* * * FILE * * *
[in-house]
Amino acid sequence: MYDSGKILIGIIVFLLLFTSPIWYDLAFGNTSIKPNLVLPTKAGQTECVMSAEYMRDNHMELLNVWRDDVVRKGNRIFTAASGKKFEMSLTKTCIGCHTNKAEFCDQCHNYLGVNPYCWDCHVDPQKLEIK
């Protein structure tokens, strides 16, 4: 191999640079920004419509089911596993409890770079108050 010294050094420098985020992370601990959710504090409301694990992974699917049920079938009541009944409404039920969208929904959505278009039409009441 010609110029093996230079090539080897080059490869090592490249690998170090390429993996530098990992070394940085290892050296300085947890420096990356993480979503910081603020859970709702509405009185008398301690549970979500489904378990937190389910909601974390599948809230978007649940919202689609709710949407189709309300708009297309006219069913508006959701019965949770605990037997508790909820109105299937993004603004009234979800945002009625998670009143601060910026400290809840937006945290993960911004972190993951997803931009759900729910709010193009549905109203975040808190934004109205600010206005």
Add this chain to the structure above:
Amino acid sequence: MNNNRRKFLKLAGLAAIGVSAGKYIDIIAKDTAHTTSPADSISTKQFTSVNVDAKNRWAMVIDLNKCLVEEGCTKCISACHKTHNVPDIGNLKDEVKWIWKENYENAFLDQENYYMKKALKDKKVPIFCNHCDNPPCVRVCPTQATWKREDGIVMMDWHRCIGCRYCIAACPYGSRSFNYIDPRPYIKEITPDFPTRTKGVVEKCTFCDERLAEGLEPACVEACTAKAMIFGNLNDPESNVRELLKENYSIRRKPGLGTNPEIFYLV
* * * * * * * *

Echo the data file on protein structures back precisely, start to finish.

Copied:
[in-house]
Amino acid sequence: MYDSGKILIGIIVFLLLFTSPIWYDLAFGNTSIKPNLVLPTKAGQTECVMSAEYMRDNHMELLNVWRDDVVRKGNRIFTAASGKKFEMSLTKTCIGCHTNKAEFCDQCHNYLGVNPYCWDCHVDPQKLEIK
């Protein structure tokens, strides 16, 4: 191999640079920004419509089911596993409890770079108050 010294050094420098985020992370601990959710504090409301694990992974699917049920079938009541009944409404039920969208929904959505278009039409009441 010609110029093996230079090539080897080059490869090592490249690998170090390429993996530098990992070394940085290892050296300085947890420096990356993480979503910081603020859970709702509405009185008398301690549970979500489904378990937190389910909601974390599948809230978007649940919202689609709710949407189709309300708009297309006219069913508006959701019965949770605990037997508790909820109105299937993004603004009234979800945002009625998670009143601060910026400290809840937006945290993960911004972190993951997803931009759900729910709010193009549905109203975040808190934004109205600010206005």
Add this chain to the structure above:
Amino acid sequence: MNNNRRKFLKLAGLAAIGVSAGKYIDIIAKDTAHTTSPADSISTKQFTSVNVDAKNRWAMVIDLNKCLVEEGCTKCISACHKTHNVPDIGNLKDEVKWIWKENYENAFLDQENYYMKKALKDKKVPIFCNHCDNPPCVRVCPTQATWKREDGIVMMDWHRCIGCRYCIAACPYGSRSFNYIDPRPYIKEITPDFPTRTKGVVEKCTFCDERLAEGLEPACVEACTAKAMIFGNLNDPESNVRELLKENYSIRRKPGLGTNPEIFYLV